Letters to the Kids, “The Magus, Death, and the Hanged Man”
Tarot. The last month or so has been lots of soul searching and lots of looking in the mirror that is Tarot and trying to figure out what my next step will be. There were three jobs that I’d been offered: the first, a programmer at a games studio in Texas, the second an apprentice shot creator at a previsualization studio in LA, and the final as a technical director at the self-same studio. The question? Which offer to take? What is the right path? Which is the best destiny? Best destiny is an amusing concept; it contradicts its own terms, destiny being singular by definition. If there’s more than one, it’s not destiny, it’s choice.
The studio in Texas went to lengths to court me I’d not seen before. As I passed their tests, one after another, they became more and more interested. In the end, they flew me out to their location. They tested me yet again and had me meet a large proportion of their staff. We seemed to get along, and they portrayed themselves as a working playing ground with themed meeting rooms and games of all sorts on the premises. If I’d have been twenty years younger, it would have seemed an ideal workplace.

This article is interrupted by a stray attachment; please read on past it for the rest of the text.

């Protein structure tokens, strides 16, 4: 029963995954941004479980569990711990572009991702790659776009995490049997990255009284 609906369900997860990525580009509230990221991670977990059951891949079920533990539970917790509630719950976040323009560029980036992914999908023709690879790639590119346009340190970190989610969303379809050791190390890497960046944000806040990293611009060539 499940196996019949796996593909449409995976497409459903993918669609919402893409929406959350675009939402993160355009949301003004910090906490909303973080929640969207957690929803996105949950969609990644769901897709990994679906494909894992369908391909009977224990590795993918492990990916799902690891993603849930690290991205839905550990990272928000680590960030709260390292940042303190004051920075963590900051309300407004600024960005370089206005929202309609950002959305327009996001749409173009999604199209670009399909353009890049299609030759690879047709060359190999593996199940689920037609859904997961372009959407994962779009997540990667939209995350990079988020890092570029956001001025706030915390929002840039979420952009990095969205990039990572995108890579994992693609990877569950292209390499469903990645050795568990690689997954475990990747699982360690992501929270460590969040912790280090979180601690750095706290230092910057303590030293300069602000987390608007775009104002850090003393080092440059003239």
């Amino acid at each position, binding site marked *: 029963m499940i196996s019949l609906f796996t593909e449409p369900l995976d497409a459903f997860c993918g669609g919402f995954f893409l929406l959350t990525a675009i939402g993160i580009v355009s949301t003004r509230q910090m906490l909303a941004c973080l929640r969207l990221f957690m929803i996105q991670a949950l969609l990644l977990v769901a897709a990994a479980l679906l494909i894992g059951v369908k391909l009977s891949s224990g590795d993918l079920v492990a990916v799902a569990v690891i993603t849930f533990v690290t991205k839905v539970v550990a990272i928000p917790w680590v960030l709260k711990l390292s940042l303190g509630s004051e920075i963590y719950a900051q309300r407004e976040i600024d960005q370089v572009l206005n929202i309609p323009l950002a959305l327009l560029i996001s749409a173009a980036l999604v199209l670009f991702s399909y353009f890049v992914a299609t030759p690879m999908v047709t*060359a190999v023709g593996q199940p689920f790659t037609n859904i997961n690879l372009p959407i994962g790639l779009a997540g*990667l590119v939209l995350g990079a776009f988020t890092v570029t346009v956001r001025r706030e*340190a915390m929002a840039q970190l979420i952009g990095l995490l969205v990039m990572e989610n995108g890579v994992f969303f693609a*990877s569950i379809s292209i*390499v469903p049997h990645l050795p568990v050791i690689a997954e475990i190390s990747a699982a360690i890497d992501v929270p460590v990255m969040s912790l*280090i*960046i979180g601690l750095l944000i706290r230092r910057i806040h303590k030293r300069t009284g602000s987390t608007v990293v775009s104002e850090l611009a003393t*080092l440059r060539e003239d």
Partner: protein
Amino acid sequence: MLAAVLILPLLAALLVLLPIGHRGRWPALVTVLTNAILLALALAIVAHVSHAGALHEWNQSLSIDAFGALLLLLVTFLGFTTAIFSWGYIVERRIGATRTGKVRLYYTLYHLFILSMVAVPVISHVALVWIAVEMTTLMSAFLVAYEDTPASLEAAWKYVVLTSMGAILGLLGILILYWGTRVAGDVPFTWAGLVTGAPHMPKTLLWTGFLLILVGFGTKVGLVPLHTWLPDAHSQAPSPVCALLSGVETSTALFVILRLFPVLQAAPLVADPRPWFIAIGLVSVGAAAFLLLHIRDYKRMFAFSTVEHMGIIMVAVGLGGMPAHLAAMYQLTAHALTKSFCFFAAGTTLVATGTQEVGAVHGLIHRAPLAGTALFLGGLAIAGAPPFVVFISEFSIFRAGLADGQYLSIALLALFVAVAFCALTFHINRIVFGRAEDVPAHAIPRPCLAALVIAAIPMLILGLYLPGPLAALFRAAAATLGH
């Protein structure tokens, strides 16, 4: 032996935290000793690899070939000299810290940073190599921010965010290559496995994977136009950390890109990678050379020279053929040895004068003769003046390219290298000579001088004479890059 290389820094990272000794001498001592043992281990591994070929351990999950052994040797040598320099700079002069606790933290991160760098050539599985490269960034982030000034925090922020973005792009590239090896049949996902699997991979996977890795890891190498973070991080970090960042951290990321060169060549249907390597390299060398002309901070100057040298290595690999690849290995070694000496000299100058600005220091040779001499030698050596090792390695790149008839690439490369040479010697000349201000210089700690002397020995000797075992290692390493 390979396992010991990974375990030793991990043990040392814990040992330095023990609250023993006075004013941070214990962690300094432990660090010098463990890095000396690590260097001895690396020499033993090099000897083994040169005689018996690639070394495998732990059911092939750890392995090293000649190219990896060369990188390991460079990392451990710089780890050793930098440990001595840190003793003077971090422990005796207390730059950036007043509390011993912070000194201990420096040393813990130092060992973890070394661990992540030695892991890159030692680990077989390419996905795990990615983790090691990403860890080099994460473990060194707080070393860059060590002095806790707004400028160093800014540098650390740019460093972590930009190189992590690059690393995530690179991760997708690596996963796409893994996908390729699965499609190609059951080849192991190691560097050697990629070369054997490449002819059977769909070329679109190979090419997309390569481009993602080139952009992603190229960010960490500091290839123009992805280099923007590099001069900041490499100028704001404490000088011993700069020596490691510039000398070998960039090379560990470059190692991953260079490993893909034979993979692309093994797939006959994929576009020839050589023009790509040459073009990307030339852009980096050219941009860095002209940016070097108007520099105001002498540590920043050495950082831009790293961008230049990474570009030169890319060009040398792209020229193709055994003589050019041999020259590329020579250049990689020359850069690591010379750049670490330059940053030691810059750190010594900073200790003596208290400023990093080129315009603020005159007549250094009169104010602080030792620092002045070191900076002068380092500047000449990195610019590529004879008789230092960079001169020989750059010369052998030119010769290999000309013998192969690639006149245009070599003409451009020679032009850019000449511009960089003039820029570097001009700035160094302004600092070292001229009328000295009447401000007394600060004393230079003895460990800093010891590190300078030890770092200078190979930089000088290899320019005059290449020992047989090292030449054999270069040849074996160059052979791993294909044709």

I didn’t take it. Why? I’ll give you a couple of reasons. The first of course was the location. My first view of Texas was of a sea of highways, where islands of strip malls with everything from churches to Walmart dot the landscape like oases. I like cities. I like the country. I don’t particularly care for suburbs and a landscape of concrete. Next, there’s the politics of the place. In a state that’s pretty much as red as you can be, I’d be a dot of blue. I had no desire to live in that sort of social hell. I want the next place I live in to have me be the conservative one there. The work itself, strict programming with no artistic opportunity, concerned me. I’m a strange beast. I’ve worked my whole adult life to learn everything I can about computer graphics, both artistic and technical. I didn’t want to take a position where I would use half of my skills. Finally, there was the undercurrent of malaise that peeked out in overheard discussions between the front office gals as I waited in the lobby. It was there in the less than stellar reviews on Glassdoor. It was there in the bad press in the news about the CEO and founder. It peeked out in a chance slip in the conversations at lunch, with a gender identity joke in passing among young hip men who don’t think of themselves as good old boys. Together they all these conspired to let me know that this wasn’t the place for me.
The second position was an apprenticeship as a shot creator/animator at a studio in Los Angeles. At first glance, this seemed perfect, entry level but perfect. They would incorporate me into their pipeline as a working artist. I’d learn their pipeline and then get to work on the blockbusters, setting the foundational previsualizations that would guide the look of the films. A dream job, no?